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Hollie Dance with her son ArchieHollie Dance

The parents of a 12-year-old boy have lost their appeal to have the decision concerning life support against for their son.

A man was found unconscious at his home on April 7th in Essex, and the Royal London Hospital believes he is brain-dead.

The decision of the Appeal judges in this case was that they supported the High Court’s decision to end his life support.

The court decided to delay the execution of a 48-hour stay of execution to allow the family to appeal to the European Court of Human Rights.

Archie’s mother, Hollie Dance, believes that he was involved in a dangerous internet challenge when he passed out. Archie has not regained consciousness since Dance found him.

The court responded by saying, “No.”

It is possible that Mr. Battersbee died before the hearing.

Judge rules that Archie must give a judgement regarding the matter

Ms Dance, who is the mother of a murder victim, said she thought judges had been “insensitive” in deciding not

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Ms Dance also wanted judges to postpone their ruling because she saw signs indicating Archie had been trying to breathe lately.

One of the family’s lawyers indicated that they plan to apply to the judge who made this latest High Court judgement on a separate point, pertaining to arbitration agreement.

Archie was in need of a surgery that the hospital was not able to provide. A decision was made to take this case to court and determine what was in Archie’s best interest.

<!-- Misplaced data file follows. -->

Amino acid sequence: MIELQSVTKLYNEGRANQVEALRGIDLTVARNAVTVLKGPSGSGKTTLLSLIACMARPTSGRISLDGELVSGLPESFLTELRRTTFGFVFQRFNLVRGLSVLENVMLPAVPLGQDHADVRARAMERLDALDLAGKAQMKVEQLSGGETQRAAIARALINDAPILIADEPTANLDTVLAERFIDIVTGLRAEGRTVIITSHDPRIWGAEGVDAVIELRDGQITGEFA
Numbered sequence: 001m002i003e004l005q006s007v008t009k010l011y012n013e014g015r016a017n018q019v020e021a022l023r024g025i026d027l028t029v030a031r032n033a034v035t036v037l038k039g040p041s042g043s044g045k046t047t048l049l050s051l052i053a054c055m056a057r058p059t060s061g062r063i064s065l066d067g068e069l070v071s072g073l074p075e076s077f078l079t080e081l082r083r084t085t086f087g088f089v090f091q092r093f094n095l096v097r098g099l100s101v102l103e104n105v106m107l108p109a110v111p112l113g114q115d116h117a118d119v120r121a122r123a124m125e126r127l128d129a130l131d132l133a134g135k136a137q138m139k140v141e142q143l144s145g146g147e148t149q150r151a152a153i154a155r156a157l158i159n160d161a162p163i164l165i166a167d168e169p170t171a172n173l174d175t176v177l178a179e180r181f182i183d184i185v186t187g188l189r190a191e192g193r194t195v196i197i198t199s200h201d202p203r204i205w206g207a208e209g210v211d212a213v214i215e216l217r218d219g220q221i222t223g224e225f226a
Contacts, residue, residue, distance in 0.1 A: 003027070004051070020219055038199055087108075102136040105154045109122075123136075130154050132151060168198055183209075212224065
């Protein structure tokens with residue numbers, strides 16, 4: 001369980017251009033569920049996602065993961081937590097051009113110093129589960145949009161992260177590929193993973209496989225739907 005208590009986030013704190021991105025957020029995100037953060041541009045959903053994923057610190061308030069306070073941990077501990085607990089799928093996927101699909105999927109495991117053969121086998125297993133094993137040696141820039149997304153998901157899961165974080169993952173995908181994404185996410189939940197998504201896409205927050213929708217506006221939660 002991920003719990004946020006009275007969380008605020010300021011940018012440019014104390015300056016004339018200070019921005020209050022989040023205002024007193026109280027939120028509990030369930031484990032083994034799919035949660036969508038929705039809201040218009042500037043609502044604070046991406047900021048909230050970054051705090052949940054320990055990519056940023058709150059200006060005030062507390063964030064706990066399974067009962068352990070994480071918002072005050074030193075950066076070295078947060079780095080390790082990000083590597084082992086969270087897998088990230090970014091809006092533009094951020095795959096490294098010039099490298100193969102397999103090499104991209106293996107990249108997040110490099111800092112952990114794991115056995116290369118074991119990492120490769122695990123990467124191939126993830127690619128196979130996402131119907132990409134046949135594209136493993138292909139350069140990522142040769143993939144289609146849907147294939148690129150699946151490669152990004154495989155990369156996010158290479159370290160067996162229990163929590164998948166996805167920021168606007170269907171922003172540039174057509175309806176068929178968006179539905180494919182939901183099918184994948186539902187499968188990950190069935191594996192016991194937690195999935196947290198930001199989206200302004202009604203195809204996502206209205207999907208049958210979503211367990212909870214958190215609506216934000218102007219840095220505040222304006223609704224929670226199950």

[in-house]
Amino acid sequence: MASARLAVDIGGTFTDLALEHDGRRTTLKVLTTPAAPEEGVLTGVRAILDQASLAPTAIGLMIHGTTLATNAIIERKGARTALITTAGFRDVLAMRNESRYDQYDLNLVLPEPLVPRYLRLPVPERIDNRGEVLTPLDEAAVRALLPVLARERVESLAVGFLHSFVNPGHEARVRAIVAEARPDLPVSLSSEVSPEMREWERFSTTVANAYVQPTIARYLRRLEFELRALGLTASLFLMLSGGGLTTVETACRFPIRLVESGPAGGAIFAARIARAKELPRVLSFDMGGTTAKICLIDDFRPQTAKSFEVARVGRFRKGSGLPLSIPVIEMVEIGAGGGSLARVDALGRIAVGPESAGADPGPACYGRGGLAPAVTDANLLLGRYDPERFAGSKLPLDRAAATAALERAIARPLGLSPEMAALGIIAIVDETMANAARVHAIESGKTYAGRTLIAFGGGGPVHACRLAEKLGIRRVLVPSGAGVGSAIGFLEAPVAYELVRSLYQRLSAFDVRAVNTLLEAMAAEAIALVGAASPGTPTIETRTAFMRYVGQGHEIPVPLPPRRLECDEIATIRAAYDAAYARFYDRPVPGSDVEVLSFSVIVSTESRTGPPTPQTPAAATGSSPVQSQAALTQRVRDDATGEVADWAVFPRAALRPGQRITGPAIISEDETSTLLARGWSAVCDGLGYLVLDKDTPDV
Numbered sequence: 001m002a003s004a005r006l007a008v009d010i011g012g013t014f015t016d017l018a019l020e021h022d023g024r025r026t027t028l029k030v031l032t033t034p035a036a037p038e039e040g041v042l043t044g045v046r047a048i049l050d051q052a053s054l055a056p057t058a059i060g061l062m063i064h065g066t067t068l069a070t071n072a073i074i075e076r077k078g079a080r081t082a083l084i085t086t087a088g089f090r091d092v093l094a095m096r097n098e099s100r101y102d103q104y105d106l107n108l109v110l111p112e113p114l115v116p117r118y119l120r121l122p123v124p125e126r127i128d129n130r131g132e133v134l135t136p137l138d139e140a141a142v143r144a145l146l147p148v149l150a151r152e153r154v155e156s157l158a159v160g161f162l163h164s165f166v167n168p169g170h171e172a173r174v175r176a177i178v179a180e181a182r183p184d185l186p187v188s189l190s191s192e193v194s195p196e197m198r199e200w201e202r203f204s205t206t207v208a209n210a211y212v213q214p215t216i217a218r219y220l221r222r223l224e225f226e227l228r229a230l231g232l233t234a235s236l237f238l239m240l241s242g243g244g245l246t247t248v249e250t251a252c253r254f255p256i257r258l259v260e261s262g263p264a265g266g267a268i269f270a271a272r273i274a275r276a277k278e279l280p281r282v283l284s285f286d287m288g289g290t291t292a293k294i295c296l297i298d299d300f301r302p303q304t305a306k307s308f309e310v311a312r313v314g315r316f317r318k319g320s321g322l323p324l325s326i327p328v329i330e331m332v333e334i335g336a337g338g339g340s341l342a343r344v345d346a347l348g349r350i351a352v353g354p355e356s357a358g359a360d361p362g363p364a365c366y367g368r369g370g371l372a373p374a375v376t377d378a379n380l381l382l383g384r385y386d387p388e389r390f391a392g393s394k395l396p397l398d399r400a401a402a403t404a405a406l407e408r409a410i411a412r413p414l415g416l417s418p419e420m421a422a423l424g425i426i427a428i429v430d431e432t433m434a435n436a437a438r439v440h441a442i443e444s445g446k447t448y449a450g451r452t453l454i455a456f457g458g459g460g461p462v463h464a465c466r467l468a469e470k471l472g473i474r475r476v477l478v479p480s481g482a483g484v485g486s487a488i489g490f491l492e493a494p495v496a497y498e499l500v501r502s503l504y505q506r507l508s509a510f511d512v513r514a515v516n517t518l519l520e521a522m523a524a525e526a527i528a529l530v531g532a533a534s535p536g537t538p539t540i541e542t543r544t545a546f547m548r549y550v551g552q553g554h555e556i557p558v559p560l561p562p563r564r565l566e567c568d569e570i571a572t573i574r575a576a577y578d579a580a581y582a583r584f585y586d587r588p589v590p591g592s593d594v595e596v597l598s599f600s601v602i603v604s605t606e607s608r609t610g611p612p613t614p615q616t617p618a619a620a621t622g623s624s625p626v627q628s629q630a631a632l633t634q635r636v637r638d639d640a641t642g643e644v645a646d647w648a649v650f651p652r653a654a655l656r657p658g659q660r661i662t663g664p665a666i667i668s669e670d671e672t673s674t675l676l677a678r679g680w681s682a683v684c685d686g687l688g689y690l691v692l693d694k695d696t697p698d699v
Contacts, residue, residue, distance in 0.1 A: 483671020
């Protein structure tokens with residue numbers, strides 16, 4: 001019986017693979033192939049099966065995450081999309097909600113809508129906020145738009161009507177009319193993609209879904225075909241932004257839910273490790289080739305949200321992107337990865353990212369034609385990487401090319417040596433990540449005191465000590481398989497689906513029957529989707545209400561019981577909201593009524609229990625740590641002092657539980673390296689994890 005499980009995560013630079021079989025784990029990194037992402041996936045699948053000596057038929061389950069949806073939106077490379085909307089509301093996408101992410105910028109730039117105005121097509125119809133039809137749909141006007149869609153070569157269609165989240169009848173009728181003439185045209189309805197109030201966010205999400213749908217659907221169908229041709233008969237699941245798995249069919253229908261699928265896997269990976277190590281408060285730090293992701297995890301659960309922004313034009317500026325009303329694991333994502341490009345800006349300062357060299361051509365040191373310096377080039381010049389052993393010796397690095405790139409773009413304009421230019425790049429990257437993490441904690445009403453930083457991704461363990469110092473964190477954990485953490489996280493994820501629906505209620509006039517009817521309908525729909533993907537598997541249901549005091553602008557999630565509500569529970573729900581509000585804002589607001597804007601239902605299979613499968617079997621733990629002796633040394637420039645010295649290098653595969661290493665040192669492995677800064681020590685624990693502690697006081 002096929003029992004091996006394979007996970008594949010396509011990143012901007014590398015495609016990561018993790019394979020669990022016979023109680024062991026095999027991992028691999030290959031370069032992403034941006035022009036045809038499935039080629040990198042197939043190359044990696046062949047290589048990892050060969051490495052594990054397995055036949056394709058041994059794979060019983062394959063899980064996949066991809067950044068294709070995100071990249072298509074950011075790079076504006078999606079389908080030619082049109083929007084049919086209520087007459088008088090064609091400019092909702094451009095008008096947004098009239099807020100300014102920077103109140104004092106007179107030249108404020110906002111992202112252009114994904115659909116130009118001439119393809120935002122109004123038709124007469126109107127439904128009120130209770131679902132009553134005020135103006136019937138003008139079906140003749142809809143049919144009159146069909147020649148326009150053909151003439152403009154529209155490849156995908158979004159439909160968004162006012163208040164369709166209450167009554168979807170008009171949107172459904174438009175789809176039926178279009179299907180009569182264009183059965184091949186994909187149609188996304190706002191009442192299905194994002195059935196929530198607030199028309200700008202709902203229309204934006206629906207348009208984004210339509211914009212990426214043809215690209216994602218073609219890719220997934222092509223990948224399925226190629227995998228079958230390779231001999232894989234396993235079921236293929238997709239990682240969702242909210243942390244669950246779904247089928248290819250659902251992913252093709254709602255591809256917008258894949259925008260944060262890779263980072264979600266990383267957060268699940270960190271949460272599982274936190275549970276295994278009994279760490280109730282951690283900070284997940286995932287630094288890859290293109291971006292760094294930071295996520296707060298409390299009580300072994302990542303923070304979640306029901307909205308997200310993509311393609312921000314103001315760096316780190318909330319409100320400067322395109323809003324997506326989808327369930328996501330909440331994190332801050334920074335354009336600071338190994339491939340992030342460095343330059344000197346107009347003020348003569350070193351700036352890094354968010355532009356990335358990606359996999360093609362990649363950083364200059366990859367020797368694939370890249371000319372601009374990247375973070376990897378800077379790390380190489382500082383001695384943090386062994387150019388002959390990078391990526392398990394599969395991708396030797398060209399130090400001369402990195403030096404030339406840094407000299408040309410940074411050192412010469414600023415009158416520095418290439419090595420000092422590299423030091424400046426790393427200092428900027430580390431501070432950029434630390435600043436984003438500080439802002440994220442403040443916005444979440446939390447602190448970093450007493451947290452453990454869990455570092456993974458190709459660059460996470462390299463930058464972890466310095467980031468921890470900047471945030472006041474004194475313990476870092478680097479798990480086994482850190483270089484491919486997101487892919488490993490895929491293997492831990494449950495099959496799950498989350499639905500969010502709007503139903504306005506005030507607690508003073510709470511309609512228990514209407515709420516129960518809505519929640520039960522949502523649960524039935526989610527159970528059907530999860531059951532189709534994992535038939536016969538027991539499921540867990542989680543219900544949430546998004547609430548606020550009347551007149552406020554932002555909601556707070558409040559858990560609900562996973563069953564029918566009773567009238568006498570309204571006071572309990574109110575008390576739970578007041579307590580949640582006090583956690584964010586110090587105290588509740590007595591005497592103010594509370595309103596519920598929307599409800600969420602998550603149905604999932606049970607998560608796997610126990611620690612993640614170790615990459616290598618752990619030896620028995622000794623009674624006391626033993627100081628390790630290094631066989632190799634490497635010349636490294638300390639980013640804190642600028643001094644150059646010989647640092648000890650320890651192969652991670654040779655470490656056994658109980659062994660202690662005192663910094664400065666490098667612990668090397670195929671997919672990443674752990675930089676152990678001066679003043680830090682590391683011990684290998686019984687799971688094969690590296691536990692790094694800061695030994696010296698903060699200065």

Previously, judges had ruled against his parents when they wanted to continue treatment while he still had a beating heart.

The Supreme Court has affirmed the previous ruling made by Mr. Justice Hayden in the High Court.

The doctors treating Archie said that he has shown no signs of life, and is supported by artificial means to maintain bodily functions.

Archie Battersbee

Hollie Dance

Mr Justice Hayden delivered his ruling after reviewing evidence in the Family Division of the High Court in London.

He described what had happened to Archie as a “tragedy of immeasurable dimensions”, but said medical evidence was “compelling and unanimous” and painted a “bleak” picture.

Archie’s parents, who are separated, had argued he made errors and had been appealing for a third hearing at the High Court with a different judge.

Barrister Edward Devereux QC, leading the legal team for Archie’s parents, had told appeal judges that Mr Justice Hayden had not given “real or proper weight” to Archie’s previously expressed wishes and religious beliefs.

He also appealed on the grounds that Archie’s family’s wishes were also not given “real or proper weight”, that Mr Justice Hayden had failed to carry out a “comprehensive evaluation” of the benefits and burdens of continuing life support treatment, and had that he had been wrong to conclude that treatment was burdensome and futile.

Archie’s parents have been supported by a campaign organisation called the Christian Legal Centre.

All arguments were dismissed by the Court of Appeal.

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